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Kurdish authorities in Iraq said Saturday they have evidence that the terror group ISIS used chlorine gas as a chemical weapon against peshmerga fighters, the latest alleged atrocity carried out by the extremist organization now under attack in Tikrit.
The allegation by the Kurdistan Region Security Council, stemming from a Jan. 23 suicide truck bomb attack in northern Iraq, did not immediately draw a reaction from the ISIS, which holds a third of Iraq and neighboring Syria in its self-declared caliphate. However, Iraqi officials and Kurds fighting in Syria have made similar allegations about the militants using the low-grade chemical weapons against them.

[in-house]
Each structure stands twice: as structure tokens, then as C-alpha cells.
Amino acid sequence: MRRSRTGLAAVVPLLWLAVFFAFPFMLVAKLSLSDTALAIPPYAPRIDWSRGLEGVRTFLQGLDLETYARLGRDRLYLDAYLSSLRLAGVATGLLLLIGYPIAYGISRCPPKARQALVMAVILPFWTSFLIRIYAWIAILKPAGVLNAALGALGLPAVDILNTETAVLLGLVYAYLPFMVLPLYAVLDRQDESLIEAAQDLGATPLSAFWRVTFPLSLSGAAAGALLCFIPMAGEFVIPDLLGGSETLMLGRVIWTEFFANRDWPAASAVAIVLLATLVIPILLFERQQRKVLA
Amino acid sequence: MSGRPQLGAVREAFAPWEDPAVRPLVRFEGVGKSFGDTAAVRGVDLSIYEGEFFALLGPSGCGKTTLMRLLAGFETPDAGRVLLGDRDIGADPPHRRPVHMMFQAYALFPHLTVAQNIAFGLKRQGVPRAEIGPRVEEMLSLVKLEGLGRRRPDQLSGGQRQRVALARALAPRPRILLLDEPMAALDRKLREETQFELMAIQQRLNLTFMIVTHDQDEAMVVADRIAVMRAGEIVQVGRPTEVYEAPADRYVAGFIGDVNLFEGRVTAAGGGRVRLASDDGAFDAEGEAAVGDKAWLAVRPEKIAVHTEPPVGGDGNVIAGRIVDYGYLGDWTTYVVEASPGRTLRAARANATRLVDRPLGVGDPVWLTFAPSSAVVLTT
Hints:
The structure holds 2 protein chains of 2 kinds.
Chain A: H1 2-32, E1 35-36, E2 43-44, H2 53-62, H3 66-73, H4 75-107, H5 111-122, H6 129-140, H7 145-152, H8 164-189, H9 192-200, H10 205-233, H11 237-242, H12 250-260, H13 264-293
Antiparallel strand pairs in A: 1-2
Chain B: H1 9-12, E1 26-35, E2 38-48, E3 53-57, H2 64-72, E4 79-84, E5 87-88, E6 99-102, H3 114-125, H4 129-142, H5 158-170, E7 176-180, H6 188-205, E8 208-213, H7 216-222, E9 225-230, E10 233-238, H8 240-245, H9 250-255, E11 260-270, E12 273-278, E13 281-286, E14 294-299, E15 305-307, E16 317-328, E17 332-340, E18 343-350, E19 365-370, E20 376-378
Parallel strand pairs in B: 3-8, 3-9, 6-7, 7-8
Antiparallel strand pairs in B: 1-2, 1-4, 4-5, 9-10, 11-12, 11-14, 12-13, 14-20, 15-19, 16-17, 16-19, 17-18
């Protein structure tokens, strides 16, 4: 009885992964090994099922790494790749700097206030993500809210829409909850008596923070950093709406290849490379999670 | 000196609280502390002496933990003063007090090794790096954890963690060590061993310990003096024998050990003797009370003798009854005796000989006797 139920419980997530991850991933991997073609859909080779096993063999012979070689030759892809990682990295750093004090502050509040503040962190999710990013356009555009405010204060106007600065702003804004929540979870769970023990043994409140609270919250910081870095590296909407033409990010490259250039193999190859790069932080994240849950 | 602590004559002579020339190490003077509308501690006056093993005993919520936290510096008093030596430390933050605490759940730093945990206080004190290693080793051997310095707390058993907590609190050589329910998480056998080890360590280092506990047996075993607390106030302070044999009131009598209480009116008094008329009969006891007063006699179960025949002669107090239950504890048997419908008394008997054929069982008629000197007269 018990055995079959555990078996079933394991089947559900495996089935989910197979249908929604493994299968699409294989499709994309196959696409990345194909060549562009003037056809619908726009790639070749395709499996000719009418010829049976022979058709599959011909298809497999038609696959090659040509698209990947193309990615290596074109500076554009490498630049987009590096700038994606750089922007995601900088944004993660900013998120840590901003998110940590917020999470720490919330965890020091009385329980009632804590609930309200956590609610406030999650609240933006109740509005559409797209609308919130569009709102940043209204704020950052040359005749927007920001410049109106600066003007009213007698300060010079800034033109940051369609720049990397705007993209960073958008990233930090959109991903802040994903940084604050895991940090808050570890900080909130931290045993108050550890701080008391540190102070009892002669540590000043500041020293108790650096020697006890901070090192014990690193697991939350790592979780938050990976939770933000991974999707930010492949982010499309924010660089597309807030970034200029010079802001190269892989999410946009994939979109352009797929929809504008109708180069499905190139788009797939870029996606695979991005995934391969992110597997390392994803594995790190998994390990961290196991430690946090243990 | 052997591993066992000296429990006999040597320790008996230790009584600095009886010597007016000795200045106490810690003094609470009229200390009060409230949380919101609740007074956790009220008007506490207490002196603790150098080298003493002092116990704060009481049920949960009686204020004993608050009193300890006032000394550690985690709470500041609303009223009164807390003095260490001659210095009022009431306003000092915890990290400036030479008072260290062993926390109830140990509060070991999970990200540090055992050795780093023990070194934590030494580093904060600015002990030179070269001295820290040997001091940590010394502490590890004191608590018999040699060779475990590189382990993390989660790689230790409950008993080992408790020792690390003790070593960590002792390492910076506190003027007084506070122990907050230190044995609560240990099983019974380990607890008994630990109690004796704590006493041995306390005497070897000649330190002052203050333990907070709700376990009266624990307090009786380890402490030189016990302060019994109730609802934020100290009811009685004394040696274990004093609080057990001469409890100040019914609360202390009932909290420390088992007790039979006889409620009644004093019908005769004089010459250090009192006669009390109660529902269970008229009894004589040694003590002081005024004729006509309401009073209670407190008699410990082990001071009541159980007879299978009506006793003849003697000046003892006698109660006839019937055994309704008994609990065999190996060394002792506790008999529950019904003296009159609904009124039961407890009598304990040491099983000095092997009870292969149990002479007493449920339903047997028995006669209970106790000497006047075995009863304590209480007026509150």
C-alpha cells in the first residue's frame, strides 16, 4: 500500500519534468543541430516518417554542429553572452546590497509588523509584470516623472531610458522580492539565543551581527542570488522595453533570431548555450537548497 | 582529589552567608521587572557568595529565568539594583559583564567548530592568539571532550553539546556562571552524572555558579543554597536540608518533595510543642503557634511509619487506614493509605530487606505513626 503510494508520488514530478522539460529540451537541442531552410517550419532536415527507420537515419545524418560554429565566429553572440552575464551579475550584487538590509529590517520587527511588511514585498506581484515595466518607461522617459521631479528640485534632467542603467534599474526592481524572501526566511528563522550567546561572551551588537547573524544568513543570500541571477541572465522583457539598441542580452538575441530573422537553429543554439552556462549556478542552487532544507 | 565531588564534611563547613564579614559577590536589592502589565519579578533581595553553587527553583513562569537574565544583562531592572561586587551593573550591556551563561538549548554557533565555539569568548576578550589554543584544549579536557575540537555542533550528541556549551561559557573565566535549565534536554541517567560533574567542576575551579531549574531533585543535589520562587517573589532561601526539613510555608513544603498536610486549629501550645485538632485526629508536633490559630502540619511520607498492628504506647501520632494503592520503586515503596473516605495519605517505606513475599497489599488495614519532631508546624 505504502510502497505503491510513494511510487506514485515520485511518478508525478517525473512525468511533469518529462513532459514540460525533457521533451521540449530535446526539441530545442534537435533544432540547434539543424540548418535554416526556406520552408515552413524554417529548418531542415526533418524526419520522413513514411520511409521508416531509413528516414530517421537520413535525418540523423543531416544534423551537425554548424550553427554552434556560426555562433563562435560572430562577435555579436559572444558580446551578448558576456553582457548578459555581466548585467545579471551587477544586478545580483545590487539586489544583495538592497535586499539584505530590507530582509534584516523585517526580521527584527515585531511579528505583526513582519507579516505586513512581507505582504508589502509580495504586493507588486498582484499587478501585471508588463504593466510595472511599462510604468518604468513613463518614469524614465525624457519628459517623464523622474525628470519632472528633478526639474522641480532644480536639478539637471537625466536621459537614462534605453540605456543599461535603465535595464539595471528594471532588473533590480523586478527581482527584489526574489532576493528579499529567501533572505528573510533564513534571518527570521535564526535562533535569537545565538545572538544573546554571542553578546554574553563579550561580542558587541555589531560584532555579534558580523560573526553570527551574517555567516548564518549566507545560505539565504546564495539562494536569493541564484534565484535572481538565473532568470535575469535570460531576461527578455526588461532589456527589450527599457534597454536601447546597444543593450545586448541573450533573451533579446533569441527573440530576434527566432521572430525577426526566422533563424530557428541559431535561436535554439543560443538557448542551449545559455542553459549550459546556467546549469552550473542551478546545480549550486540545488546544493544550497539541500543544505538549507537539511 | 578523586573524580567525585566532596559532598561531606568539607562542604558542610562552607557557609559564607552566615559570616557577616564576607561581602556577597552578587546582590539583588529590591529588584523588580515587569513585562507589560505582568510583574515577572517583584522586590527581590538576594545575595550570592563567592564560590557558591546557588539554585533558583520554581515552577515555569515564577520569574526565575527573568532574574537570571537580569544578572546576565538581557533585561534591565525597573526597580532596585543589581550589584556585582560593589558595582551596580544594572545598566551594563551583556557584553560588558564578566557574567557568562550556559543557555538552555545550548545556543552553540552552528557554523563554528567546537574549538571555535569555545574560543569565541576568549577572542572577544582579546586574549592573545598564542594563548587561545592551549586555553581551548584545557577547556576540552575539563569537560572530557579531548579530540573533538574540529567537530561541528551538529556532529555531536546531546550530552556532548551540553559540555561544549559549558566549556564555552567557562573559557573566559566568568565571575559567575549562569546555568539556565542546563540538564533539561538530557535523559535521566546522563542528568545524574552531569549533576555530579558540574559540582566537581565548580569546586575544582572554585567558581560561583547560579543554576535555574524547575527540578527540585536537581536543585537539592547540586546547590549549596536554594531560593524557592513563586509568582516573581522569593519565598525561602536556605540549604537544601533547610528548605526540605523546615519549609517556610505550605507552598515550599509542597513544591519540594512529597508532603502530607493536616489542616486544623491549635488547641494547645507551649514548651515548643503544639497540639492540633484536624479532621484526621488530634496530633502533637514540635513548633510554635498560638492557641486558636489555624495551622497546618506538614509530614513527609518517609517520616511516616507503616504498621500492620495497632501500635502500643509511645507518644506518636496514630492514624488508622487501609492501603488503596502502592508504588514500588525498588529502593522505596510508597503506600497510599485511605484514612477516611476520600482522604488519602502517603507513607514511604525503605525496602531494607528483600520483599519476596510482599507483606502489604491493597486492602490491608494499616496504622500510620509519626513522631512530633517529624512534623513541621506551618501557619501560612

In a statement, the council said the alleged chemical attack took place on a road between Iraq's second-largest city, Mosul, and the Syrian border, as peshmerga forces fought to seize a vital supply line used by the Sunni militants. It said its fighters later found "around 20 gas canisters" that had been loaded onto the truck involved in the attack.
Video provided by the council showed a truck racing down a road, white smoke pouring out of it as it came under heavy fire from peshmerga fighters. It later showed a white, billowing cloud after the truck exploded and the remnants of it scattered across a road.
An official with the Kurdish council told The Associated Press that dozens of peshmerga fighters were treated for "dizziness, nausea, vomiting and general weakness" after the attack. The Kurds say samples of clothing and soil from the site were analyzed by an unnamed lab in an unnamed coalition partner nation, which found chlorine traces.
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